If I asked you what is zinc, and why you would take zinc, what would you think of? Would you think of the immune impact? The antioxidant properties? Or maybe you might be thinking about its place on the periodic table. Although these things are all aspects of zinc, do you know the full story when it comes to zinc?
What is Zinc?
Zinc is a trace mineral and essential micronutrient. We consider zinc essential because we cannot synthesize it on our own, and we need to consume it daily.
Zinc helps your immune system and metabolism function. Zinc is also important to wound healing and your sense of taste and smell. Additional benefits include: balancing blood sugar and insulin, and contributing to overall heart health in relation to blood pressure and cholesterol.
There are various forms of zinc, and figuring out which one to use can be a challenge at times.
Here are a few types you might find on the market:
- Zinc gluconate: As one of the most common over the counter forms, zinc gluconate is often used in cold remedies like lozenges and nasal sprays.
- Zinc acetate: Like zinc gluconate, zinc acetate is often added to cold lozenges to reduce symptoms and speed up recovery.
- Zinc sulfate: In addition to helping prevent zinc deficiency, zinc sulfate has been shown to reduce the severity of acne.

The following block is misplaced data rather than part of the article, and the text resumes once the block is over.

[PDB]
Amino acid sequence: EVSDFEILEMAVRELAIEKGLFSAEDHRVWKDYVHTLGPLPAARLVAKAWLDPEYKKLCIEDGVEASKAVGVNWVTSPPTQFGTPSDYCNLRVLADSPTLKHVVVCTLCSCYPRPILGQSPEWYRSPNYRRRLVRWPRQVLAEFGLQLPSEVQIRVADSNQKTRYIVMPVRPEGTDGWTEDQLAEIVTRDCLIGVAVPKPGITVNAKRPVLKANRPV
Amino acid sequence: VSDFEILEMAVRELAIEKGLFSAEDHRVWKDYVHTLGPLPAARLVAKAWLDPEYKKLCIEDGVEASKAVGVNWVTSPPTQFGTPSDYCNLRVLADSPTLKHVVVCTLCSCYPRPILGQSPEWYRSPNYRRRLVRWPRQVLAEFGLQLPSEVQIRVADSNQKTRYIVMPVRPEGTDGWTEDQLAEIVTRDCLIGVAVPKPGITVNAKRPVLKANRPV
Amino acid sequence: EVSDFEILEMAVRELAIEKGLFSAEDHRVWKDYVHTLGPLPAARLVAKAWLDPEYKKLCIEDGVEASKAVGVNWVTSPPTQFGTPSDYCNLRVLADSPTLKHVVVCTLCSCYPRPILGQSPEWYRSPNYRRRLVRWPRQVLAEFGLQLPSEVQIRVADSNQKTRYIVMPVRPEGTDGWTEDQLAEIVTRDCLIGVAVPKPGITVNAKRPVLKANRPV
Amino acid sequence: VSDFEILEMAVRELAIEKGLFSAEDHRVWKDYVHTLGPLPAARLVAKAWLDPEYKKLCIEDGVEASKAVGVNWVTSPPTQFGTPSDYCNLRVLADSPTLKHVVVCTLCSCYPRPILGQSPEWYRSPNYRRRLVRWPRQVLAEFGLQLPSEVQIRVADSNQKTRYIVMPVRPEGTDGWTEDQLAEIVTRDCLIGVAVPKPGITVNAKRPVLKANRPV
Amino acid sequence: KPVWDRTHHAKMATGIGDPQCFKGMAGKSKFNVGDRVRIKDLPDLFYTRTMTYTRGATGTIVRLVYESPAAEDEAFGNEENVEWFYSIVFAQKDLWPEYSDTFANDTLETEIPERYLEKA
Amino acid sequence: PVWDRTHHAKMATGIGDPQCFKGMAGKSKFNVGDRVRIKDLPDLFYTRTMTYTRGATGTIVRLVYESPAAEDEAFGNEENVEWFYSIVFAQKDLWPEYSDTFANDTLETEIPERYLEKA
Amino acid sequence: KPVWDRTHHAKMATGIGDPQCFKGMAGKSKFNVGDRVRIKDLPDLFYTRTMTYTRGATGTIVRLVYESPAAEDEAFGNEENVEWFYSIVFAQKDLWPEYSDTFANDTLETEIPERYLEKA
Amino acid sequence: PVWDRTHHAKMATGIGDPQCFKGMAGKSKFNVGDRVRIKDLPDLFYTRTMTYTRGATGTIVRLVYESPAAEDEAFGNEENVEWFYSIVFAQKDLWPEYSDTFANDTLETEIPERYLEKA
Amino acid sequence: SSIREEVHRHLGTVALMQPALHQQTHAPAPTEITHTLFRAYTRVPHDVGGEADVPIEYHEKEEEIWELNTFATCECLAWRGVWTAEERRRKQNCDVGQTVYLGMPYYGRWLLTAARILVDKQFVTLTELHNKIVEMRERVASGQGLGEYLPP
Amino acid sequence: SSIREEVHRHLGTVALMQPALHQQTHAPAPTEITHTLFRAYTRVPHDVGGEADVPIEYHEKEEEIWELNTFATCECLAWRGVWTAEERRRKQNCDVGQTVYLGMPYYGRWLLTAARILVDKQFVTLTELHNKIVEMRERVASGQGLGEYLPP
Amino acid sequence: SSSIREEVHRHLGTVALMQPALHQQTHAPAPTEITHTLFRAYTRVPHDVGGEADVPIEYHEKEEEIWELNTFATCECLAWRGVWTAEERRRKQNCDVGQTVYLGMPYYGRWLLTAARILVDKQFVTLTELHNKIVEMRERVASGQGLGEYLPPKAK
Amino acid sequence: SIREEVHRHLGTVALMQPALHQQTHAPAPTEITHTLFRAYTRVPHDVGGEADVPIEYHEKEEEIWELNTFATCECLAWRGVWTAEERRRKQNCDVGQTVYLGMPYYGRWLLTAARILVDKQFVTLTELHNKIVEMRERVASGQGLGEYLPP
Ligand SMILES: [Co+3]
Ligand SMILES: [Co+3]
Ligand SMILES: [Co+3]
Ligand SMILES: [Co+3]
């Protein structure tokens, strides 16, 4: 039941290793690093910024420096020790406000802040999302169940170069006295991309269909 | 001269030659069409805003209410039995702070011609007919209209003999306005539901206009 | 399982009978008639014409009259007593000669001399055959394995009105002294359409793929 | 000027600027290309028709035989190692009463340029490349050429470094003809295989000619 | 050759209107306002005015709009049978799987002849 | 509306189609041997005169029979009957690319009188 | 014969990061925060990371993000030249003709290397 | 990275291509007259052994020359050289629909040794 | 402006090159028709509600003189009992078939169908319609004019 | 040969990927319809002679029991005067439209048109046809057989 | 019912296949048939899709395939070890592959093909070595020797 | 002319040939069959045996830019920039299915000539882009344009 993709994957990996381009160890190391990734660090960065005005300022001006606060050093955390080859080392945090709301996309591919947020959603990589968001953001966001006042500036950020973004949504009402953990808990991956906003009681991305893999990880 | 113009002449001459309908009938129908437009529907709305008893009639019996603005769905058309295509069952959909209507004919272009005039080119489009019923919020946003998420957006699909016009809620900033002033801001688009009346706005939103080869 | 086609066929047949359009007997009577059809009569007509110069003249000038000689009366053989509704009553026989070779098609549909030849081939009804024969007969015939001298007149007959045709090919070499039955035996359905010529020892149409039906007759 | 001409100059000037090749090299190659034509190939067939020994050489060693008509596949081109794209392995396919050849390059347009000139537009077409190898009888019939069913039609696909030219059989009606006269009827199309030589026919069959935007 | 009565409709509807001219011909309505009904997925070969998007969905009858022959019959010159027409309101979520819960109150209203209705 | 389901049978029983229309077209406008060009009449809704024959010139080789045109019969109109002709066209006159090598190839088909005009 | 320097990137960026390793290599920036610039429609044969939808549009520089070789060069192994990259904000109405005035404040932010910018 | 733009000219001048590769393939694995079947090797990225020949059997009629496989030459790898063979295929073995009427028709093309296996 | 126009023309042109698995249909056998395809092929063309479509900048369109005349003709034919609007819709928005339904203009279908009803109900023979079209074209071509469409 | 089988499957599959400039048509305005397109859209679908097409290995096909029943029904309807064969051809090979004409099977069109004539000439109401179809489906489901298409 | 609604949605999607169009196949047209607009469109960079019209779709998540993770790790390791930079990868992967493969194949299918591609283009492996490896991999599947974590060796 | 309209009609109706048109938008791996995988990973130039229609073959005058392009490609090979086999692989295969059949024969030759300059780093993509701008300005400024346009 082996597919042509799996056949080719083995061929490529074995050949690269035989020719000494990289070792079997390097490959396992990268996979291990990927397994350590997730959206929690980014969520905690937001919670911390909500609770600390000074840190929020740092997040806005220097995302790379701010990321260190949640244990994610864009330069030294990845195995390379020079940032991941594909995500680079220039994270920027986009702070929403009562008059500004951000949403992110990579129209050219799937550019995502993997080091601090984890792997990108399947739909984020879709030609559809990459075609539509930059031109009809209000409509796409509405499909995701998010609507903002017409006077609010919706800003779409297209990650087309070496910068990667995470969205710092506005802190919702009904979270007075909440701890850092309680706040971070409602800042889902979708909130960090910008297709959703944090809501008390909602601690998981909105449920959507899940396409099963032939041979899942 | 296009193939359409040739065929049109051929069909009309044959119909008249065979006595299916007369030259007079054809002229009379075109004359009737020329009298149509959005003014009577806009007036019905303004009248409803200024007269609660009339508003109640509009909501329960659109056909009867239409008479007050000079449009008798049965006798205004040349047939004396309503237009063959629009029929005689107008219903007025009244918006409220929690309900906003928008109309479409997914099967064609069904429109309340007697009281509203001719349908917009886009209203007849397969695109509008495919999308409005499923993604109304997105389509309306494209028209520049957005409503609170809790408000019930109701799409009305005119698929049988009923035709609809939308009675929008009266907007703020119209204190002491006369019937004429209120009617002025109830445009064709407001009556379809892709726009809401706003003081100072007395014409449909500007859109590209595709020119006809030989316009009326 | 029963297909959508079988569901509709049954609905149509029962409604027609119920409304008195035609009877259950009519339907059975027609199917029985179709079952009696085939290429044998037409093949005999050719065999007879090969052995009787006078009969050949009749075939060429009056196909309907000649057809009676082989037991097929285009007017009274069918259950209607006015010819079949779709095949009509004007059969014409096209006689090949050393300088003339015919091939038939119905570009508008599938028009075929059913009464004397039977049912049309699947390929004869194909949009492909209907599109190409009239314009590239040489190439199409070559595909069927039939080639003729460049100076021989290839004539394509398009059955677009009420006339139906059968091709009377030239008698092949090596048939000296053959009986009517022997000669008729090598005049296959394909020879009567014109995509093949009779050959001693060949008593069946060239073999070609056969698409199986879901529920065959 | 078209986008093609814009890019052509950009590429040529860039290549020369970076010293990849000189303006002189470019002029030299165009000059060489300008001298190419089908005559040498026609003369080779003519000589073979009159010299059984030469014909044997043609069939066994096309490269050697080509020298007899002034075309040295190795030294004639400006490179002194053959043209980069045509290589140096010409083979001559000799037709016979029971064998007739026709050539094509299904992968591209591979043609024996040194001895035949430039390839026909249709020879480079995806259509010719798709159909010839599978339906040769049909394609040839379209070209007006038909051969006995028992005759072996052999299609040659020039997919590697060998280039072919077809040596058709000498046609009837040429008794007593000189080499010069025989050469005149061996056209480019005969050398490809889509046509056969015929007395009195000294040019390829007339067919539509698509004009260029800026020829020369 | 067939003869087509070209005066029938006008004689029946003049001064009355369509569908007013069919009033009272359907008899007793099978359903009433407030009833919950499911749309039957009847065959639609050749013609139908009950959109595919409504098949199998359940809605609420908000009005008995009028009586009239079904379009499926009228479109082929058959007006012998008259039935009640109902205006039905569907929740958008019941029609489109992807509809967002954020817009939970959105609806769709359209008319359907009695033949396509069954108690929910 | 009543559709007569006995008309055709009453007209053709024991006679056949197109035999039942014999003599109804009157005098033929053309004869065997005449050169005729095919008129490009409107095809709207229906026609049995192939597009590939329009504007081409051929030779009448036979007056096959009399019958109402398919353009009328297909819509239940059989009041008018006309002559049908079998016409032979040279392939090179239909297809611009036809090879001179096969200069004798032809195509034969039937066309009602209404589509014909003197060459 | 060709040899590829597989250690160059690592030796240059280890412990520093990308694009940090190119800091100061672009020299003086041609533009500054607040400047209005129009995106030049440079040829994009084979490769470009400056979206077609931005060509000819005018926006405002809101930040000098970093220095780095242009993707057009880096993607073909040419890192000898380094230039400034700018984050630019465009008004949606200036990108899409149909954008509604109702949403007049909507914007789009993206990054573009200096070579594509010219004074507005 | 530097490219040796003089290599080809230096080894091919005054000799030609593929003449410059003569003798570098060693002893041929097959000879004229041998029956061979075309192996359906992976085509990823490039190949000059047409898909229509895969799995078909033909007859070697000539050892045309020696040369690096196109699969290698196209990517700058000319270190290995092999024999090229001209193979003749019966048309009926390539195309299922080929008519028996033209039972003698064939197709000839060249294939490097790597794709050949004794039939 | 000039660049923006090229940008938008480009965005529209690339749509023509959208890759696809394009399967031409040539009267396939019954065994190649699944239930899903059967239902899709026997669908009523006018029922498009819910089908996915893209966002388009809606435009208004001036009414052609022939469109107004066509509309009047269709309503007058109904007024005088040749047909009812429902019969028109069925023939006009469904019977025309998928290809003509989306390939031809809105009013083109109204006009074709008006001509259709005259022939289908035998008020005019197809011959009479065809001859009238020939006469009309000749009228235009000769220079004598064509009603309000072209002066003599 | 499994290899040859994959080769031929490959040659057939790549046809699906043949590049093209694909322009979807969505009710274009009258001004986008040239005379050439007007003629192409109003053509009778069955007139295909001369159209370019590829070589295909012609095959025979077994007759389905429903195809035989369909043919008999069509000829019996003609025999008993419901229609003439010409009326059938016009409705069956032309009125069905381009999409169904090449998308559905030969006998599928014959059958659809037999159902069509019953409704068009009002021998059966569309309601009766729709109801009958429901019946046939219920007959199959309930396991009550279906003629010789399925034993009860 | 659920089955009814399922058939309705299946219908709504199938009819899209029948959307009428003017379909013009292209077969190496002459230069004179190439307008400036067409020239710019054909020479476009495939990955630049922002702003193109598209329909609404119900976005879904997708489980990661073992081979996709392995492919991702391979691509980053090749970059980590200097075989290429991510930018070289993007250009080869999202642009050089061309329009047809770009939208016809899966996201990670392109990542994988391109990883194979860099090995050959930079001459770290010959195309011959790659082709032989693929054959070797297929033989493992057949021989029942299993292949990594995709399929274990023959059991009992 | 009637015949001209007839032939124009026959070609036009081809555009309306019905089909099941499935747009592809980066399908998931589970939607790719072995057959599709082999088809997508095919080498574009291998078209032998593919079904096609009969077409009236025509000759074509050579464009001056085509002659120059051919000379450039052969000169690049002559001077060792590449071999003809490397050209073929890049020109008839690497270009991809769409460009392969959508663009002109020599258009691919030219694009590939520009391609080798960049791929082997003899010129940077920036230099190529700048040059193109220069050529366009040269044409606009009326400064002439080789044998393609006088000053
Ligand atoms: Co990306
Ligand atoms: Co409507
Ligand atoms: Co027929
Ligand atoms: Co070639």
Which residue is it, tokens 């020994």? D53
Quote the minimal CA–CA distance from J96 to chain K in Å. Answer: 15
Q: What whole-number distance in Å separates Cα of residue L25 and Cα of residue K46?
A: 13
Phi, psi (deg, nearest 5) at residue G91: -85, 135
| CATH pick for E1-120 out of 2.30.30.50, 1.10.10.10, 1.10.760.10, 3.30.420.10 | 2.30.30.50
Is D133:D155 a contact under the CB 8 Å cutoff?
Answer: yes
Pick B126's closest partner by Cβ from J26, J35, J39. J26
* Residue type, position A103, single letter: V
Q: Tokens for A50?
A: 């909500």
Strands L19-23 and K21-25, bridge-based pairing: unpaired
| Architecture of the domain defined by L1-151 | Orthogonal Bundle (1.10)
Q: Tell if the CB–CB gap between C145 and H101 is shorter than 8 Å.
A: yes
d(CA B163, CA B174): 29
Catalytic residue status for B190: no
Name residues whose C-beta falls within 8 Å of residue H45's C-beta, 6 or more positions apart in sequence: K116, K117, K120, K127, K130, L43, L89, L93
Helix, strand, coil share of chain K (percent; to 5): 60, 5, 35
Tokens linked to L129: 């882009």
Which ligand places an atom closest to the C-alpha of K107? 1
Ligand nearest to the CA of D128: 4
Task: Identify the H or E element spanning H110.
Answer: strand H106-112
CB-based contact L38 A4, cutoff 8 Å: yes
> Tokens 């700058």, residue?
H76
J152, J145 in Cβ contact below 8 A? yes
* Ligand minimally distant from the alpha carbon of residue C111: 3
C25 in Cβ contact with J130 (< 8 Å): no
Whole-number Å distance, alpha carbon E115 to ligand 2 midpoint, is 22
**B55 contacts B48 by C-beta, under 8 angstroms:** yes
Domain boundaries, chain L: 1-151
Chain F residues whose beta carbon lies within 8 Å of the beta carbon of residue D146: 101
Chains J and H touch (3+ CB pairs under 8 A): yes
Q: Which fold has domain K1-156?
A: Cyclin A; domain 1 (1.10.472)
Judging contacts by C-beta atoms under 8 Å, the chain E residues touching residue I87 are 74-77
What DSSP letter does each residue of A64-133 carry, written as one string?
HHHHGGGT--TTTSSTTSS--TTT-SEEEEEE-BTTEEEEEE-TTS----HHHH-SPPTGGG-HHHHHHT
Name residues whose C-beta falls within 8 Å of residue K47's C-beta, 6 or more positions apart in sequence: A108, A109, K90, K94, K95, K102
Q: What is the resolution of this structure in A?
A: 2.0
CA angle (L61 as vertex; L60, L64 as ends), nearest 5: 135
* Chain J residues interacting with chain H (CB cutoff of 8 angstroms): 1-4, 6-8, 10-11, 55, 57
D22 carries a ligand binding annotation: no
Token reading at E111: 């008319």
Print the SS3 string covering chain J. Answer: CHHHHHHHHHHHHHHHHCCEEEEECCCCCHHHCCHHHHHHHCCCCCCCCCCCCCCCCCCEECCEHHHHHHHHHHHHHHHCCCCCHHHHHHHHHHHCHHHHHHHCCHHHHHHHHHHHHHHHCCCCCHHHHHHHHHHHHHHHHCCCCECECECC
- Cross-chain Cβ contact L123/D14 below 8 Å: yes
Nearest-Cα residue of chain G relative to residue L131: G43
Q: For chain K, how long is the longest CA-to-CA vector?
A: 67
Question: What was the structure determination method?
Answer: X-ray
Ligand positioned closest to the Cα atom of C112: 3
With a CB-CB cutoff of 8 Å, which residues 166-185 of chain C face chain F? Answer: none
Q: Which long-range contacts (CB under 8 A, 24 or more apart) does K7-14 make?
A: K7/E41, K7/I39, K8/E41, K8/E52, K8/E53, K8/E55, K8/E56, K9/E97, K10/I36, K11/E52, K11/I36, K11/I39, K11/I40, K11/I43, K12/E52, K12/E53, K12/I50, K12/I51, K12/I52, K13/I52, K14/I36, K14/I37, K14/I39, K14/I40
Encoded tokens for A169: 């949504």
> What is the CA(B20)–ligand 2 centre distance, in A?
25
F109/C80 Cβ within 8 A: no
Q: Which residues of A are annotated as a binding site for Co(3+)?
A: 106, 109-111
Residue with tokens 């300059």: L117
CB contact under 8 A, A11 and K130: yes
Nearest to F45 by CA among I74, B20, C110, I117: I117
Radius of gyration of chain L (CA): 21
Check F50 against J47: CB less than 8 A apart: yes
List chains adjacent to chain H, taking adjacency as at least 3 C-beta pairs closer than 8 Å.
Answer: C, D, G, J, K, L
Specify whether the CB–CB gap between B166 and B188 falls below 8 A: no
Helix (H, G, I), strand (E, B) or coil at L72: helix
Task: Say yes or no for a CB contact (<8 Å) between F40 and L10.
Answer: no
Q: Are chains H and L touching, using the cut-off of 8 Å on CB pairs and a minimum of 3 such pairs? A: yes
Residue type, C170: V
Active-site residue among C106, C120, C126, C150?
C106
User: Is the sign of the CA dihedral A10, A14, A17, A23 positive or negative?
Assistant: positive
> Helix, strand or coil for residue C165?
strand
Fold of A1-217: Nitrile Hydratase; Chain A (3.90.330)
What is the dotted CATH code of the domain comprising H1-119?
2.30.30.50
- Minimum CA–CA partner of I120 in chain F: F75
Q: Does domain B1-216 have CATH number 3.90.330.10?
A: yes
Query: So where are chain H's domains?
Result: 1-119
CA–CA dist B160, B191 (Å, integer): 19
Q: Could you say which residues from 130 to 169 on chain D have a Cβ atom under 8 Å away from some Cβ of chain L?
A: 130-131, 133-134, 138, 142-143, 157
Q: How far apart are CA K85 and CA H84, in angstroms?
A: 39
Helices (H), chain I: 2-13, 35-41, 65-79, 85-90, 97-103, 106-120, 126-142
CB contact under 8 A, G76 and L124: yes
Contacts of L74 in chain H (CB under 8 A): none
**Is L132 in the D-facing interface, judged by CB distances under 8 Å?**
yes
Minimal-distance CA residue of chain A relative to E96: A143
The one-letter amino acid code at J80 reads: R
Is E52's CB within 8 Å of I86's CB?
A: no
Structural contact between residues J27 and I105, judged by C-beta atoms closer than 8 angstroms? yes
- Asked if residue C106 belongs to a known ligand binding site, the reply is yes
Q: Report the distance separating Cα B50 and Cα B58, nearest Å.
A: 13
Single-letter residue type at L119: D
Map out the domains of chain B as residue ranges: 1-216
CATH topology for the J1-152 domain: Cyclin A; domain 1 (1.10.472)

- Zinc picolinate: According to some studies, your body may absorb this form better than other types of zinc, including zinc gluconate and zinc citrate.
- Zinc orotate: This form is bound to a compound known as orotic acid. It’s one of the most common types of zinc supplements on the market.
- Zinc citrate: One study showed that this type of supplement is as well absorbed as zinc gluconate but has a less bitter, more appealing taste.
- Zinc bysglycinate: Similar to zinc picolinate, is more easily absorbed by the body. Most sources suggest that this form is the most readily absorbed.
Food Sources of Zinc
Zinc can be found in both animal and plant sources. Animal sources tend to be the richest: meats, seafood and dairy. Plant sources include: nuts, seeds, beans, whole grains, and fortified cereals. Generally the zinc in animal sources is more readily absorbed than the plant based because the large quantity of phytates present in plant sources.
Due to the lower bioavailability of plant based zinc, deficiency can be a particular issue for vegetarians and vegans. To prevent zinc deficiency, women need at least 8 mg of zinc daily (that need increases to 11 mg during pregnancy and 12 mg when breastfeeding), while men require at least 11 mg of zinc each day. That's a minimum requirement. For optimal health and targeted support (think immunity), zinc needs are thought to be even higher (15 to 30 mg).
Who Should Take Zinc?
Zinc supplements are generally well tolerated, though they’ve been associated with adverse side effects like nausea, vomiting, diarrhea, and stomach pain in some people. Exceeding 40 mg per day of elemental zinc can cause flu-like symptoms like fever, coughing, headache, and fatigue. Zinc can also hinder your body’s ability to absorb copper, potentially leading to a deficiency in this key mineral over time. Furthermore, zinc supplements have been shown to interfere with the absorption of certain antibiotics, reducing their effectiveness if taken at the same time. To reduce your risk of side effects, stick to the recommended dosage and avoid exceeding the tolerable upper limit of 40 mg per day, unless specifically prescribed by your medical professional.